Integrate Minipreneurs into your Business Model

Today I came across, an interesting company that made me aware of a trend they call "minipreneurs". This stands for consumers that are increasingly participants instead of passive audience. They write there is ...

... a vast army of consumers turning entrepreneurs; including small and micro businesses, freelancers, side-businesses, weekend entrepreneurs, web-driven entrepreneurs, part-timers, free agents, cottage businesses, seniorpreneurs, co-creators, mompreneurs, pro-ams, solopreneurs, eBay traders, advertising-sponsored bloggers and so on.

I found this an accurate observation and believe integrating this trend into business model design creates a real competitive advantage. A while ago I have written about this in the context of business model innovation at the bottom of the pyramid. Companies in developing countries that market to the Poor have been particularly innovative in weaving their customers' minipreneurial drive into their business design. Grameen Phone of Bangladesh uses microcredits and village women to sell their phone services. Anand Milk Union Limited of India has made their consumers to milk producers and exports to the world. N-Logue of India uses minipreneurs to sell Internet services to their customers through a vast network of kiosks... and so on.

In the context of OECD countries it is particularly the Internet companies that have been able to integrate minipreneurship into their business design. Google has explicitely opened up their databases of content (e.g. google Earth) to web developers to let minipreneurs come up with new business ideas. Bloggers on the most curious issues make an earning through placing targeted google text ads on their websites. Amazon has long ago made the affiliation model popular by mobilizing thousands of small, specialized and often personal websites to market Amazon books. eBay lives of minipreneurs that make their auction platform their business infrastructure... and and and.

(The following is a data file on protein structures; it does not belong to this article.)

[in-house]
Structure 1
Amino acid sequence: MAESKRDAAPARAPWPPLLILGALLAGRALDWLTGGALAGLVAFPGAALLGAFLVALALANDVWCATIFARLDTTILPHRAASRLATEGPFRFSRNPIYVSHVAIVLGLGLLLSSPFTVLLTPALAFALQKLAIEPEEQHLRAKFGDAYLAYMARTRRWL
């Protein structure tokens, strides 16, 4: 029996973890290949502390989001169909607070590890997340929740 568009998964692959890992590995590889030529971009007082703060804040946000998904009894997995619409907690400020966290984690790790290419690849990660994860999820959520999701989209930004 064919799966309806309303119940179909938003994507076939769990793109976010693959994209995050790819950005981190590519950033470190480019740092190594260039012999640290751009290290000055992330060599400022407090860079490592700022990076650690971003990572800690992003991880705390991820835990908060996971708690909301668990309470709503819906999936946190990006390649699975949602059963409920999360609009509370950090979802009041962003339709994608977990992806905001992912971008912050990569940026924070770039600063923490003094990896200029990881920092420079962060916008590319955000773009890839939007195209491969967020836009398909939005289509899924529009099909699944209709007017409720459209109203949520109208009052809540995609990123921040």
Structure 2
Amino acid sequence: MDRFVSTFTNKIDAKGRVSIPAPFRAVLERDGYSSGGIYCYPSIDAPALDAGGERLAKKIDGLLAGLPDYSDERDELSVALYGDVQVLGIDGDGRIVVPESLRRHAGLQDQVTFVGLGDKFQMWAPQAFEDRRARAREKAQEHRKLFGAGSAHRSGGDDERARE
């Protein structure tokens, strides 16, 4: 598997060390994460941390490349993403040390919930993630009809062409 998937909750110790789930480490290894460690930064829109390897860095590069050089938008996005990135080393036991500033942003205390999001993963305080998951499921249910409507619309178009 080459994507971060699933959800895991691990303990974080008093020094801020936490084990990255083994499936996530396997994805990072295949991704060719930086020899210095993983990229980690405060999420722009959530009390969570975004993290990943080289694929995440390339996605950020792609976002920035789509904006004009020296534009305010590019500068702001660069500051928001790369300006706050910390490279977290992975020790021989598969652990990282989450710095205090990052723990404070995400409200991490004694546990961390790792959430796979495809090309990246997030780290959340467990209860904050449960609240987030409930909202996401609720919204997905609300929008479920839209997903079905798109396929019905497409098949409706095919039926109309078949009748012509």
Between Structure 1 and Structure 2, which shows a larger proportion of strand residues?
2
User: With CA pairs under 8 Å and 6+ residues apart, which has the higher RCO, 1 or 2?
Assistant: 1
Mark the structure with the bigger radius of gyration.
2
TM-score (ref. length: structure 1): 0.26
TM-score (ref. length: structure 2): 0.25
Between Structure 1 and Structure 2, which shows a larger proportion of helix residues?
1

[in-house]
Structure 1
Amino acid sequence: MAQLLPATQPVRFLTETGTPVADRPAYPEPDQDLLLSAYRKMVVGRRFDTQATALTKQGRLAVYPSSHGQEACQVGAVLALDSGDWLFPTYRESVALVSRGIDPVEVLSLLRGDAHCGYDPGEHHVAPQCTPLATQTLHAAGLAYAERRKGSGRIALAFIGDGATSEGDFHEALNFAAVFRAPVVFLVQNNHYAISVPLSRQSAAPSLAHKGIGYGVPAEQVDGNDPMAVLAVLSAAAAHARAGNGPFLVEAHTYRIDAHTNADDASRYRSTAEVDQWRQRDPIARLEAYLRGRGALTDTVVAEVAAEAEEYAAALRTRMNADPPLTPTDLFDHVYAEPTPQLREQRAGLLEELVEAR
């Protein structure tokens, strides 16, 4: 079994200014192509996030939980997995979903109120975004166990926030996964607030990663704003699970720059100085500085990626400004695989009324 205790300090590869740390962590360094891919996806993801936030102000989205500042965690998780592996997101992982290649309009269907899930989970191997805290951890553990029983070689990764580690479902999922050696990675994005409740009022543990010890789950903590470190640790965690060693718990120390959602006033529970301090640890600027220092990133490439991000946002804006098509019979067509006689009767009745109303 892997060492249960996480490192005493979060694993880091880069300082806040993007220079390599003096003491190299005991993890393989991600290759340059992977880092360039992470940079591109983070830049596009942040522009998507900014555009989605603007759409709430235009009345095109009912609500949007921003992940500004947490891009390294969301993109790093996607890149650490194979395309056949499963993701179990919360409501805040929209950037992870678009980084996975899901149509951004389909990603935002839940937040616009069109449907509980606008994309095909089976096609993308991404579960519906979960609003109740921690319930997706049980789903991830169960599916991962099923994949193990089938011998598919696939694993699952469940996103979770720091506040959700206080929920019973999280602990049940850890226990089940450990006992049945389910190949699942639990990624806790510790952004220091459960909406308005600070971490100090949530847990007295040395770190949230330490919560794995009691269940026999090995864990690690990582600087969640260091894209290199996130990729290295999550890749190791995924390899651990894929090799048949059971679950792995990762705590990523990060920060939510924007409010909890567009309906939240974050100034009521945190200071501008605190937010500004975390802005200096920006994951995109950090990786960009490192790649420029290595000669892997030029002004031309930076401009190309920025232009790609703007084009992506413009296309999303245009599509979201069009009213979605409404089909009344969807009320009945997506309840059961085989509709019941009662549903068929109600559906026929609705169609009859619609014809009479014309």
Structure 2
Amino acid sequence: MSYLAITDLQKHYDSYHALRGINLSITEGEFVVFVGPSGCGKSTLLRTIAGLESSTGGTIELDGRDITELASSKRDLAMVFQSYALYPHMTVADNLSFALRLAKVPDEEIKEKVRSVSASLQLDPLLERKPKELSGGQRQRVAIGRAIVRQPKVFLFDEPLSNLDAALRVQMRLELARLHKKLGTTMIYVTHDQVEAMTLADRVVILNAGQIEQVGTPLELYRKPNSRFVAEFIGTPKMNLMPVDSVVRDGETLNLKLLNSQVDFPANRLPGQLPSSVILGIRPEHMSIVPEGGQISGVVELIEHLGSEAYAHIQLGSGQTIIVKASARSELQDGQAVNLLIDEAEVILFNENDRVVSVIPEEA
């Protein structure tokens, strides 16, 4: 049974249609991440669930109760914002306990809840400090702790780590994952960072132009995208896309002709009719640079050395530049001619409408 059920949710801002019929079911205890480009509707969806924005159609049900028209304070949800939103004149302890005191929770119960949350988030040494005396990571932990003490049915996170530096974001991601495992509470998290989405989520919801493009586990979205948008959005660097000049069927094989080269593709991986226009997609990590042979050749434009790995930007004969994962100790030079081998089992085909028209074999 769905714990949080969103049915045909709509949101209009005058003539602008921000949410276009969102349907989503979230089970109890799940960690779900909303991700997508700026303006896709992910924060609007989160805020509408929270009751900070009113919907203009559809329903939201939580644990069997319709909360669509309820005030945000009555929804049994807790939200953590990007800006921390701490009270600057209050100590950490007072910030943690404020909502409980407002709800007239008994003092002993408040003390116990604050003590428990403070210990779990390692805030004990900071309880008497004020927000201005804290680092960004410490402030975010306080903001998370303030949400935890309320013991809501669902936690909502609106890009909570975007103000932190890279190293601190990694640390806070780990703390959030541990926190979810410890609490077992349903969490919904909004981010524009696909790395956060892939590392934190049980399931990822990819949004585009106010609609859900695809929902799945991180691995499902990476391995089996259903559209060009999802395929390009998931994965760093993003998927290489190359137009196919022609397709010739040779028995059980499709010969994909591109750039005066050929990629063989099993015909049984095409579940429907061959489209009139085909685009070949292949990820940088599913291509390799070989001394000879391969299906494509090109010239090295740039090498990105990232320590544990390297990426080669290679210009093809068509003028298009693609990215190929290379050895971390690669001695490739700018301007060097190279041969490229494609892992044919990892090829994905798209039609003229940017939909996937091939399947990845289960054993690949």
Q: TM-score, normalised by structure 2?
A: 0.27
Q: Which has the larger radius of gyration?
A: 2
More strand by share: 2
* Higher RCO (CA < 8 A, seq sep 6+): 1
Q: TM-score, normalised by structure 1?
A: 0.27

Most interestingly for businesses I think minipreneurship points to a general social evolution in rich countries: Only few people have the luxury to chose a job they love. Most people are not terribly satisfied by their day jobs that often leave their dreams unfulfilled. It is only after closing the door to their workplace that they live out their full potential, mostly in their hobbies. Now minipreneurship allows some of them to make at least a modest earning or living on those hobbies... So companies that will allow people to liberate themselves from their day jobs to fulfill their dreams by creating a space for minipreneurship will be able ride what calls one of the next megatrends.